Finland extends the right to show films in public with its unique licensing regime without infringing copyright
by Miina Viitala
From 2014 onwards, it has been possible in Finland for other than educational institutions to obtain permission to show film in public without infringing copyright interest of the rightowner. In the first phase, this is covering non-profit organizations, such as churches. From February, 2014 extension covers also hobby-clubs. This extension currently applies only for domestic films but at educational institutions (nurseries, schools) also foreign films can be presented to the public without copyright infringement. The system is unique and doesn’t as such exist in other jurisdictions.
Under Finnish Copyright Law, Article 1 film is an artistic work covered with copyright protection. Among other things, Article 2 provides that the copyright owner has the right to control the communication to the public of his film. Finland allows showing movies for teaching purposes at schools as part of media education. It is argued, that films offering educational content teach students how to evaluate the media critically.
In Finland, collective licensing for showing films at schools is covered by one collective society for audiovisual producers for which the Government has given a contract license mandate. It represents over 200 independent Finnish film and audiovisual producers and through the reciprocal agreement signed with AGICOA it also covers and protects over 10,000 foreign rightowners’ rights on audiovisual works in Finland. AGICOA takes care of Finnish rightowners’ rights abroad. Besides negotiations, the Finnish collecting society collects and distributes copyright royalties for producers. Usually the royalties are distributed from three sources: retransmission; TV-program recording for distributional purposes; and private copy levies. Permission to use is obtained from the Producer Company. Commune can obtain a common use of permission and distribute it for schools in its area or each school can obtain their own permission. An annual fee is directly proportional to the number of students and is currently 2 Euros (approximately £1.65) per student per one year. After paying the fee and getting permission to use, the number of uses is unlimited. This so-called ‘teaching licence’ can be obtained by completing an application form and sending it to the collecting society. Individual display licences also exist if the institution wishes not to pursue an annual teaching licence. For foreign films, the permission to use is obtained with a movie licence.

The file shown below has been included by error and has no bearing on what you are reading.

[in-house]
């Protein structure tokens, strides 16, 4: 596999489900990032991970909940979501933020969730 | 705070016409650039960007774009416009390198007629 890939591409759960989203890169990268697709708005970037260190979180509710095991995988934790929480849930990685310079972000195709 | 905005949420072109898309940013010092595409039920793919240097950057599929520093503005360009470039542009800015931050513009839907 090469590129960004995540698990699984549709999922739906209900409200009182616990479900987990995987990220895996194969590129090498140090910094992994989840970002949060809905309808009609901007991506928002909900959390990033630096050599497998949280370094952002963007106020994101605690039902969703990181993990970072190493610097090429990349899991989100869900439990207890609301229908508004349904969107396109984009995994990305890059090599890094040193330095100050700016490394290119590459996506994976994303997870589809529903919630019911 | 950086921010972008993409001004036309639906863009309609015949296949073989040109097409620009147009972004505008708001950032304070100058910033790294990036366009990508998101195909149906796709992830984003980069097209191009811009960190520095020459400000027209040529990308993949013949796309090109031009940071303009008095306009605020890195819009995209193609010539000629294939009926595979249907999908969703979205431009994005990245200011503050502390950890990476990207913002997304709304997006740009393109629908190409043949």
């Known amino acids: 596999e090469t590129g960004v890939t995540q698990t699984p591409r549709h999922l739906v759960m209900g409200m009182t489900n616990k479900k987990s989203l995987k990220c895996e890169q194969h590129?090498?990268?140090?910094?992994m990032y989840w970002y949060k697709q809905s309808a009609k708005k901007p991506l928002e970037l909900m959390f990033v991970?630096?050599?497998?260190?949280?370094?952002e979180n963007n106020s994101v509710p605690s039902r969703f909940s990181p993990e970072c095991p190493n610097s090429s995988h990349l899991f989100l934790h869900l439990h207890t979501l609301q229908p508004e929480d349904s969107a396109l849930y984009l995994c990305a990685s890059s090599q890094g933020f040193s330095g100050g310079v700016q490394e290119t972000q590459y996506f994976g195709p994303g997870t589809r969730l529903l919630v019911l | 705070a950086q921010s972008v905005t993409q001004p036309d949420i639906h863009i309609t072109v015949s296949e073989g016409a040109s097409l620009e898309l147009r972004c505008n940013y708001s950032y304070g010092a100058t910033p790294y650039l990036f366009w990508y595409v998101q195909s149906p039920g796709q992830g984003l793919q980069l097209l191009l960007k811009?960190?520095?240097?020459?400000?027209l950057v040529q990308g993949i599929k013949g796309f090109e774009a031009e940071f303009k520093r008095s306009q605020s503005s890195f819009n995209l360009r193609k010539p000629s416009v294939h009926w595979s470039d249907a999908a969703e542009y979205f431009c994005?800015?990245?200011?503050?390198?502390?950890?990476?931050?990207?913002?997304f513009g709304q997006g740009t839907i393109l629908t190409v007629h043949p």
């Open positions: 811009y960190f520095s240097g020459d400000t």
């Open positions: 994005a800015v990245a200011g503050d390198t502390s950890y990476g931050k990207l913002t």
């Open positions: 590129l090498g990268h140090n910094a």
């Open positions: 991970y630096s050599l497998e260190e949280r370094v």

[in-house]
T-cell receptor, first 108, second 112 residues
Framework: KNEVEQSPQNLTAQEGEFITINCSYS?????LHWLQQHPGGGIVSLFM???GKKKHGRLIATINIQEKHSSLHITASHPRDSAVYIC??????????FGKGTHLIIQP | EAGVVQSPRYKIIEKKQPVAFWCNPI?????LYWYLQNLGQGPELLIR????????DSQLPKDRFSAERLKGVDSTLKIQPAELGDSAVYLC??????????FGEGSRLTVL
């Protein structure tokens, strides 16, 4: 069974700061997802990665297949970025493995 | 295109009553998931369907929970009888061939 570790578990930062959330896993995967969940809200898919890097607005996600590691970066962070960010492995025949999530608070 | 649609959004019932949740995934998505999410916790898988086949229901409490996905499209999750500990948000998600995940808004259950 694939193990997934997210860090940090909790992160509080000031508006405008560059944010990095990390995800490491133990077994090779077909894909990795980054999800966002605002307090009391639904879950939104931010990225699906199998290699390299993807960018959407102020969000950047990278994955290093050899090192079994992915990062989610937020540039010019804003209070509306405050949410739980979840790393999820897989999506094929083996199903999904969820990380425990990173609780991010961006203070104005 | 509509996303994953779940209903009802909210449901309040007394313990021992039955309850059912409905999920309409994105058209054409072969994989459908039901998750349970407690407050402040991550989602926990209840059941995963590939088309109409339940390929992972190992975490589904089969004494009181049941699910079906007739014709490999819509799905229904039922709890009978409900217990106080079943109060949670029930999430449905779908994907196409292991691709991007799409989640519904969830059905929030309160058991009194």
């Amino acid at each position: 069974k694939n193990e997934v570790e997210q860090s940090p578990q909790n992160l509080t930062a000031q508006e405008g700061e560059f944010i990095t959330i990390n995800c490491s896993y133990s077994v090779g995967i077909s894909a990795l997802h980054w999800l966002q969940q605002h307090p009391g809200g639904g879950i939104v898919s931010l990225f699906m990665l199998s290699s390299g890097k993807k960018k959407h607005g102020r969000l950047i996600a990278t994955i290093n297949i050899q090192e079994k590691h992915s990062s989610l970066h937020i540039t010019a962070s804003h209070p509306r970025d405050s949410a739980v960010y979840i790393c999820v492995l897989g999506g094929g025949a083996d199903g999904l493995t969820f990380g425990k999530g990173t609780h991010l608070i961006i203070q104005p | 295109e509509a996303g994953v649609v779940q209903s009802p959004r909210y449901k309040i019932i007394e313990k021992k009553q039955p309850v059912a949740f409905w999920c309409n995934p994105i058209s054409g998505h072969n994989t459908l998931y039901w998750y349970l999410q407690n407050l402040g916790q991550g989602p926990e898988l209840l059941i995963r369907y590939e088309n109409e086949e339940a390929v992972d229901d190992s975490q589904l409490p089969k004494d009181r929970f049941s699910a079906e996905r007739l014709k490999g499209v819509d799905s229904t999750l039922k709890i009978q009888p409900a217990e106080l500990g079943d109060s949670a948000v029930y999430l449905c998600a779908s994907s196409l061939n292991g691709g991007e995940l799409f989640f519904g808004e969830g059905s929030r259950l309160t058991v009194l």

Under Finnish copyright law, showing private film to others is communication to the public and violates the copyright in the film. Permission is always needed in order to communicate the film to public. With the general permission on movie license one can access thousands of films from rightowners. Individual permission to display can also be acquired; the permission gives right to show the specified film in a separately specified space or place approximately 3-4 times per year. Movie licences are obtained by application form and prices vary according to the institute. General movie licence permission costs 3,50 Euros (approximately £2.90) per student per year plus VAT (24 %).
The Finnish Ministry of Education and copyright management organizations have agreed to have certain TV- and radio-programs available for educational purposes. Under this regime, it is permissible to record educational programs and store them on a permanent basis and record and store other programs for a period of two years respectively. This excludes foreign TV-shows (e.g. soap operas), domestic or foreign movies and commercials. It should be noted that only a few TV channels are within the scope of this agreement and the foreign commercial ones are largely left out. It will be seen in the future whether foreign players are also coming within the exception. As the permission to show films in public is extending for different institutions, it will remain to be seen how far the system suffices to stretch before possible international discussion takes place.
Miina Viitala is LLM Candidate at Queen Mary University of London and is working as a Queen Mary Intellectual Property Research Institute (QMIPRI) Student Research Fellow and Assistant Editor of Queen Mary Journal of Intellectual Property (QMJIP)